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The immigrant tuition bill is ready for the House floor

How can House Speaker Will Weatherford get Gov. Rick Scott on board with a proposal that would extend in-state college tuition rates to undocumented students?

Scott has said he is willing to "consider" the bill. But in order to win re-election in November, Scott will have to rally his base -- conservatives who aren't big fans of pro-immigrant policies.

The governor has clear high-education priorities this year: hold the line on tuition, and abolish 15 percent tuition differential hikes at select state universities.

Would the Legislature consider giving Scott his cap on tuition in exchange for in-state tuition for undocumented students?

Said Weatherford: "I think it's a little early in the session to be talking about exchanges."

An exchange might not even make sense, Weatherford added, because the House also wants to hold the line on tuition for all students.

"I don't think there's anything to trade," Weatherford said.

But the bills could potentially be combined, forcing the governor's hand.

That's all assuming the bill receives favorable votes on the House and Senate floors.

The proposal has thus far sailed through the lower chamber. It won the unanimous support of Education Appropriations Subcommittee on Wednesday morning, and is now headed for a floor vote.

There is momentum in the Senate, too. Republican Sen. Jack Latvala recently introduced the proposal in the upper chamber, and said Tuesday that he counts enough votes to pass the bill.

Supporters have yet to win over Senate President Don Gaetz, R-Niceville.

But they haven't given up.

On Wednesday, Rep. Jeanette Nunez introduced (and the House Education Appropriations Committee approved) an amendment that would extend in-state tuition rates to the children of military families stationed in Florida. The language directly addresses concerns raised by Gaetz, whose northwest Florida district includes a number of military bases.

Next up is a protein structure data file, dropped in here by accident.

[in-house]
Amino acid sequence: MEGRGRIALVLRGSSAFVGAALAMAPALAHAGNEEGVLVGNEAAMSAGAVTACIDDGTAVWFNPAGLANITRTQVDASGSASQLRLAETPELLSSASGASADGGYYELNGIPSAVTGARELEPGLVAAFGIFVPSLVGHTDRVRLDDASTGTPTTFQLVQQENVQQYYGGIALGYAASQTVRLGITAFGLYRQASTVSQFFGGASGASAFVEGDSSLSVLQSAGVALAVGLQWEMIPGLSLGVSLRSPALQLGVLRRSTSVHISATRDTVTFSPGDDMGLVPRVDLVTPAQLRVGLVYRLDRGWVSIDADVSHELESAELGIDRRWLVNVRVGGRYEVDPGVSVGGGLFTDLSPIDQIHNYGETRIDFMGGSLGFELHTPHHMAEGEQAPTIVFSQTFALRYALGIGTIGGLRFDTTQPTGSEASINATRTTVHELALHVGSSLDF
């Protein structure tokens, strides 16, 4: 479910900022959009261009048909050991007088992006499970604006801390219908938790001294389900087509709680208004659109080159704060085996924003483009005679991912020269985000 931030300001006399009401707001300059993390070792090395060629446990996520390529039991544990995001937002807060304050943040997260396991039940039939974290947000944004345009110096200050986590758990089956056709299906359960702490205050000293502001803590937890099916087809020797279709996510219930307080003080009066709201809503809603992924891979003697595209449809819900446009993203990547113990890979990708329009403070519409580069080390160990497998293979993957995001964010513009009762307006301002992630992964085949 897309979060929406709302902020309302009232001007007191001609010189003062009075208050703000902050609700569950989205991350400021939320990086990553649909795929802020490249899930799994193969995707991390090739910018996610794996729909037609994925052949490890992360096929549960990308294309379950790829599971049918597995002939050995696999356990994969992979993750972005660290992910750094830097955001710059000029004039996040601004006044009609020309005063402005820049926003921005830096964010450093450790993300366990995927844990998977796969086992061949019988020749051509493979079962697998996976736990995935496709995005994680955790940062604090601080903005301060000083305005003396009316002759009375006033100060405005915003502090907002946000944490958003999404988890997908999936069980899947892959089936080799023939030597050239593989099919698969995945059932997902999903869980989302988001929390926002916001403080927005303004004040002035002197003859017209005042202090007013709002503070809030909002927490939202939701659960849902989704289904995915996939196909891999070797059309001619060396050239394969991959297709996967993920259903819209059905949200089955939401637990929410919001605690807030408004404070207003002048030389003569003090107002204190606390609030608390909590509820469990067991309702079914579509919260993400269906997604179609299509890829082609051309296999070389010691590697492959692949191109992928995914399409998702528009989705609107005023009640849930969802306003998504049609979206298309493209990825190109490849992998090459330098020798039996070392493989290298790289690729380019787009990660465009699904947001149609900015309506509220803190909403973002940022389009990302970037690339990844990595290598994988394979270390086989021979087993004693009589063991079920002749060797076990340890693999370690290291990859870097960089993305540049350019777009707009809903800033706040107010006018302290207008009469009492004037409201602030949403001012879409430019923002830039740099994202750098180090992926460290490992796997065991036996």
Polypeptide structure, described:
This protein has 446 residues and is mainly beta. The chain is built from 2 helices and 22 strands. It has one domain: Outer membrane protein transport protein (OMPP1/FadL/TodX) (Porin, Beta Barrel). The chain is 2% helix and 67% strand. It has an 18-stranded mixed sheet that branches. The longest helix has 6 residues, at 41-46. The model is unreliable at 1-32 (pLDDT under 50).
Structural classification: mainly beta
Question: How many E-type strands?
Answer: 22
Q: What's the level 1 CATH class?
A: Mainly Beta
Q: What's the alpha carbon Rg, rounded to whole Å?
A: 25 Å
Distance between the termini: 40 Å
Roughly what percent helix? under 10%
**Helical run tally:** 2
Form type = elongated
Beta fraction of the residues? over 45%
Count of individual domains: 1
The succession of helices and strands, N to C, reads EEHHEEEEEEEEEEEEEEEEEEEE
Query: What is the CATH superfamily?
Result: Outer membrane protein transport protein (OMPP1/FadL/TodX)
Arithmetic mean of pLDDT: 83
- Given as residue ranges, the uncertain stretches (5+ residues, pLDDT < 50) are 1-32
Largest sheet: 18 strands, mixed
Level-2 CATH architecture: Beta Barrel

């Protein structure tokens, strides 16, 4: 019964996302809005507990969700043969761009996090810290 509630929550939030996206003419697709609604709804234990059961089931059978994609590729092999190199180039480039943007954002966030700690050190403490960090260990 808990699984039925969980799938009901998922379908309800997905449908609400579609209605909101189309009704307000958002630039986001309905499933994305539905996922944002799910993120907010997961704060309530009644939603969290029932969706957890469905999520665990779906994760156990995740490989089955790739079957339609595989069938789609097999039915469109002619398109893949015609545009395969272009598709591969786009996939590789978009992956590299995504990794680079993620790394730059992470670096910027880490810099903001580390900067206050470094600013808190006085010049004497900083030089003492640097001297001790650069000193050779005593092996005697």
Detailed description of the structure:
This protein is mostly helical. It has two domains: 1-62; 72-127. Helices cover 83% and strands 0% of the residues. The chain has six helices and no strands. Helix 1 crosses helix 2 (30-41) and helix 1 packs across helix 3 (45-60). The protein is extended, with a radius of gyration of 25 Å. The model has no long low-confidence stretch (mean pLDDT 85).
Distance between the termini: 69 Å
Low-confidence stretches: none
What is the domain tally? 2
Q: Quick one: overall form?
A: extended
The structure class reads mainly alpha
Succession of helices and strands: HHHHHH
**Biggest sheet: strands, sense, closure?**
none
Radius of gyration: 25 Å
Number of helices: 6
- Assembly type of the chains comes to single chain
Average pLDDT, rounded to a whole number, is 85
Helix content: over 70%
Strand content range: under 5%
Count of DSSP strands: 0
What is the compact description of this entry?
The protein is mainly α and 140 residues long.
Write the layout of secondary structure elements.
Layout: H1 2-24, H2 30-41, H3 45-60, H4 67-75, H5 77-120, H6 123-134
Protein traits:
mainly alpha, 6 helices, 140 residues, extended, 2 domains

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So glad my tax dollars seem to be willing to be used as political pawns in an election year...

Illegal aliens vs. out of state students - why should the ones breaking the law get a better deal?


I hope the list that is generated by any use of in-state tuition by illegal aliens is used to deport their parents.


The thought that such a list could be used should scare any of them from even trying to scam the system.

Bill Thompson

The citizens are pleased with the RPOF and its 2014 platform in the Florida legislature of legalizing medical marijuana, giving in-state tuition breaks at state universities to illegal aliens and expanding casino gambling.

Karla Martinez

I'm truly surprised by the ignorance that some people seem to have. I'm pretty sure that documented individuals are not the only ones paying taxes. When product consumption takes place, taxes are being transfer whether you are illegal or not.

I cannot express my felicity towards this movement. Why should a student who has a 4.61 GPA, is working(legally) 22 hours a week and is a Salutatorian for her class( who recently got accepted to the University of Florida and the University of South Florida) be denied in-state tuition when she has been residing in Florida for ten years?

You're telling me that is ethically correct that a student who spends the whole day in the principal's office, who doesn't do their homework and procures F grades and who has only resided in Florida for one year gets to take advantage of the in-state tuition other than a student who has demostrated great perseverance, has risen at the top and who has resided in Florida for many years? Regarding your question( why should the ones breaking the law get a better deal?) I ask you this, what BETTER deal? It's not a better deal, it's call equality; the rights that every Floridian should have.

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